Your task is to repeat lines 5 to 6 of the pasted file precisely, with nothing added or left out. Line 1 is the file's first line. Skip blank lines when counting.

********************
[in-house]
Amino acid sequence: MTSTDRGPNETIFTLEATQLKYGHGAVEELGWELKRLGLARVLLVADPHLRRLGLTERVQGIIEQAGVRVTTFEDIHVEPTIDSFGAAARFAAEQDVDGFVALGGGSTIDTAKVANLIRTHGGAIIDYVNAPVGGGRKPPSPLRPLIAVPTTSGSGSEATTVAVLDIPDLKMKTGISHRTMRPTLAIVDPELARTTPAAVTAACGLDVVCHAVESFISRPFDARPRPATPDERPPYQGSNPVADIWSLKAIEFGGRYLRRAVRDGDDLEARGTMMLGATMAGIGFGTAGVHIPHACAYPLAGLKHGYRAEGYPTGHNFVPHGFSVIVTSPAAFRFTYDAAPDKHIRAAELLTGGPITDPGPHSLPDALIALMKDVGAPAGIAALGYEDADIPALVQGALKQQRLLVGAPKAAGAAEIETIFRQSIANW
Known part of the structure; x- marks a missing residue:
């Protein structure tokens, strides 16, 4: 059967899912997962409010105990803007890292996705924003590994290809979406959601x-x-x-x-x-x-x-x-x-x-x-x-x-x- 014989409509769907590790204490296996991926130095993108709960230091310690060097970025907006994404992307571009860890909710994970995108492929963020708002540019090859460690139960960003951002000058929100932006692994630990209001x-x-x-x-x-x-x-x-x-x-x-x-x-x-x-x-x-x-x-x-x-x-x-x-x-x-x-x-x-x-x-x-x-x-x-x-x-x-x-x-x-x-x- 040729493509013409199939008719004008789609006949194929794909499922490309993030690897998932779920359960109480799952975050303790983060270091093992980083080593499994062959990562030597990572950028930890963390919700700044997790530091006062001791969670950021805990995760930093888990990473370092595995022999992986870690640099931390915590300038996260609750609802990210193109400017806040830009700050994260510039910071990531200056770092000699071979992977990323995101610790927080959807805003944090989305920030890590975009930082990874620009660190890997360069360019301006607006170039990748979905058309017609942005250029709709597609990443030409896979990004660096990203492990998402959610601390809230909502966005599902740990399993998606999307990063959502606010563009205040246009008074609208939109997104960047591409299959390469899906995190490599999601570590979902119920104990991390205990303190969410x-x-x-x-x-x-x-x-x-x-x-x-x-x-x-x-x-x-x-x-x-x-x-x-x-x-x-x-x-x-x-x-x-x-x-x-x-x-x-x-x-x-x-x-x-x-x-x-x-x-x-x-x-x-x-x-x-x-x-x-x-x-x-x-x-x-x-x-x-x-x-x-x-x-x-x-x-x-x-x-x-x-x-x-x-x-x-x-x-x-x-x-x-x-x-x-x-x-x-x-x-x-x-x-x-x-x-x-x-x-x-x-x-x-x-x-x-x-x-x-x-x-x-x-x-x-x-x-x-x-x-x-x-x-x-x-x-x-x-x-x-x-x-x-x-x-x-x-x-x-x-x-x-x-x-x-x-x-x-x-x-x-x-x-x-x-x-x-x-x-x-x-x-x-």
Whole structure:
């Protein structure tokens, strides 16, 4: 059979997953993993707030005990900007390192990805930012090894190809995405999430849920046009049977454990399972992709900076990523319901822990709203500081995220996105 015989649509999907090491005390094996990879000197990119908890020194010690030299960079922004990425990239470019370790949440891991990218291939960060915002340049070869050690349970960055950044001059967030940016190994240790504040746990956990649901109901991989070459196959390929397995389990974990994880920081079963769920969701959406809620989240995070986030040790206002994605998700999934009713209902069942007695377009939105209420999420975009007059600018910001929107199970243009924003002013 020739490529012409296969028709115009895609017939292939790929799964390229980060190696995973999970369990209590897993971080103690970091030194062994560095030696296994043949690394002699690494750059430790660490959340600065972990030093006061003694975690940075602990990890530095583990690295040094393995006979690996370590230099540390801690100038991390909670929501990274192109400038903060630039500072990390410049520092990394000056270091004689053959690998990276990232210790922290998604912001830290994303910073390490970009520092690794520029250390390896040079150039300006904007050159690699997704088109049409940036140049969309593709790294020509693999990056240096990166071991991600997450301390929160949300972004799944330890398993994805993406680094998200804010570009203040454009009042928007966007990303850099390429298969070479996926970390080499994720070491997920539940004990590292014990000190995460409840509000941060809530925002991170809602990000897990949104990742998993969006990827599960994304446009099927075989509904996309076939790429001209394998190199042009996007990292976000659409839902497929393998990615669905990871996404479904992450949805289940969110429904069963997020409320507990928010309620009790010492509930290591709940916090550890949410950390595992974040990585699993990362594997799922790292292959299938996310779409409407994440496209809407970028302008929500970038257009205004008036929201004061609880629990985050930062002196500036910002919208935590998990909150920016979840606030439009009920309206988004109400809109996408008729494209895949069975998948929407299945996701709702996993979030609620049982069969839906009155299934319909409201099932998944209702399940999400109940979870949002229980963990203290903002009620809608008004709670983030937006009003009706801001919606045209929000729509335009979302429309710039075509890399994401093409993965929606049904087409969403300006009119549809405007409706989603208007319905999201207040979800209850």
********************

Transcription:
Whole structure:
């Protein structure tokens, strides 16, 4: 059979997953993993707030005990900007390192990805930012090894190809995405999430849920046009049977454990399972992709900076990523319901822990709203500081995220996105 015989649509999907090491005390094996990879000197990119908890020194010690030299960079922004990425990239470019370790949440891991990218291939960060915002340049070869050690349970960055950044001059967030940016190994240790504040746990956990649901109901991989070459196959390929397995389990974990994880920081079963769920969701959406809620989240995070986030040790206002994605998700999934009713209902069942007695377009939105209420999420975009007059600018910001929107199970243009924003002013 020739490529012409296969028709115009895609017939292939790929799964390229980060190696995973999970369990209590897993971080103690970091030194062994560095030696296994043949690394002699690494750059430790660490959340600065972990030093006061003694975690940075602990990890530095583990690295040094393995006979690996370590230099540390801690100038991390909670929501990274192109400038903060630039500072990390410049520092990394000056270091004689053959690998990276990232210790922290998604912001830290994303910073390490970009520092690794520029250390390896040079150039300006904007050159690699997704088109049409940036140049969309593709790294020509693999990056240096990166071991991600997450301390929160949300972004799944330890398993994805993406680094998200804010570009203040454009009042928007966007990303850099390429298969070479996926970390080499994720070491997920539940004990590292014990000190995460409840509000941060809530925002991170809602990000897990949104990742998993969006990827599960994304446009099927075989509904996309076939790429001209394998190199042009996007990292976000659409839902497929393998990615669905990871996404479904992450949805289940969110429904069963997020409320507990928010309620009790010492509930290591709940916090550890949410950390595992974040990585699993990362594997799922790292292959299938996310779409409407994440496209809407970028302008929500970038257009205004008036929201004061609880629990985050930062002196500036910002919208935590998990909150920016979840606030439009009920309206988004109400809109996408008729494209895949069975998948929407299945996701709702996993979030609620049982069969839906009155299934319909409201099932998944209702399940999400109940979870949002229980963990203290903002009620809608008004709670983030937006009003009706801001919606045209929000729509335009979302429309710039075509890399994401093409993965929606049904087409969403300006009119549809405007409706989603208007319905999201207040979800209850």